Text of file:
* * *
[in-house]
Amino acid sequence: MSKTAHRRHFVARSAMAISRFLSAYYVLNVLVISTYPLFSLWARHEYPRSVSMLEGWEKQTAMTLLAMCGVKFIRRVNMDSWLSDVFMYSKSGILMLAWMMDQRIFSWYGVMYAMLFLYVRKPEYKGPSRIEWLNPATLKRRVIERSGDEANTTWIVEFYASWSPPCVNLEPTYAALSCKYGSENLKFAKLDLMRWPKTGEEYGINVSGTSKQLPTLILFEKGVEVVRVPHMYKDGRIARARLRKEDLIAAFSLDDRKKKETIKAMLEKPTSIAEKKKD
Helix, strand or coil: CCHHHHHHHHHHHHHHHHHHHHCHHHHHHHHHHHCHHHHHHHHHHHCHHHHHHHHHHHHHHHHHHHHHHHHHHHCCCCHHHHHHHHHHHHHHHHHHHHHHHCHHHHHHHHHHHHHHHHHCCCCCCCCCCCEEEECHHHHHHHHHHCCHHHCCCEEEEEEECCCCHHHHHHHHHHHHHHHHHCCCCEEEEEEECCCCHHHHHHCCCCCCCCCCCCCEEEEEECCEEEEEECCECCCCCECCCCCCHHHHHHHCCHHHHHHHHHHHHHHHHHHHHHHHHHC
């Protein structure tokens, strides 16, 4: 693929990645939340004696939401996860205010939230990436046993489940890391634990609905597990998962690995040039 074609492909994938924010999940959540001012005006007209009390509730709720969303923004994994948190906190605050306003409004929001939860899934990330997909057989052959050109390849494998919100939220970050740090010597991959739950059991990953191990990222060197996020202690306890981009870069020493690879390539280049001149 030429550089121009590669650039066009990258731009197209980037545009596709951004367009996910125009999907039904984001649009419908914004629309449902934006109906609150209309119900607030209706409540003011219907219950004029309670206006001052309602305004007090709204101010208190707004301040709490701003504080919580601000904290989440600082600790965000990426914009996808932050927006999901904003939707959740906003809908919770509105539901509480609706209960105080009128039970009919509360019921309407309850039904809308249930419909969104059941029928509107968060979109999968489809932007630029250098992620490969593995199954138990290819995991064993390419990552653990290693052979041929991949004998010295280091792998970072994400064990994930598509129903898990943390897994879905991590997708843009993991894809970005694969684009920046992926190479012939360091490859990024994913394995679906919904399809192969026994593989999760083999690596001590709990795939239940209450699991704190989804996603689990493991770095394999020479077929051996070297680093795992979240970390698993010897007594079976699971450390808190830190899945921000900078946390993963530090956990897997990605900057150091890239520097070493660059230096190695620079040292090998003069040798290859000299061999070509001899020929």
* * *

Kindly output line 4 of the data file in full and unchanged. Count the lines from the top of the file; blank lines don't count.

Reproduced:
């Protein structure tokens, strides 16, 4: 693929990645939340004696939401996860205010939230990436046993489940890391634990609905597990998962690995040039 074609492909994938924010999940959540001012005006007209009390509730709720969303923004994994948190906190605050306003409004929001939860899934990330997909057989052959050109390849494998919100939220970050740090010597991959739950059991990953191990990222060197996020202690306890981009870069020493690879390539280049001149 030429550089121009590669650039066009990258731009197209980037545009596709951004367009996910125009999907039904984001649009419908914004629309449902934006109906609150209309119900607030209706409540003011219907219950004029309670206006001052309602305004007090709204101010208190707004301040709490701003504080919580601000904290989440600082600790965000990426914009996808932050927006999901904003939707959740906003809908919770509105539901509480609706209960105080009128039970009919509360019921309407309850039904809308249930419909969104059941029928509107968060979109999968489809932007630029250098992620490969593995199954138990290819995991064993390419990552653990290693052979041929991949004998010295280091792998970072994400064990994930598509129903898990943390897994879905991590997708843009993991894809970005694969684009920046992926190479012939360091490859990024994913394995679906919904399809192969026994593989999760083999690596001590709990795939239940209450699991704190989804996603689990493991770095394999020479077929051996070297680093795992979240970390698993010897007594079976699971450390808190830190899945921000900078946390993963530090956990897997990605900057150091890239520097070493660059230096190695620079040292090998003069040798290859000299061999070509001899020929």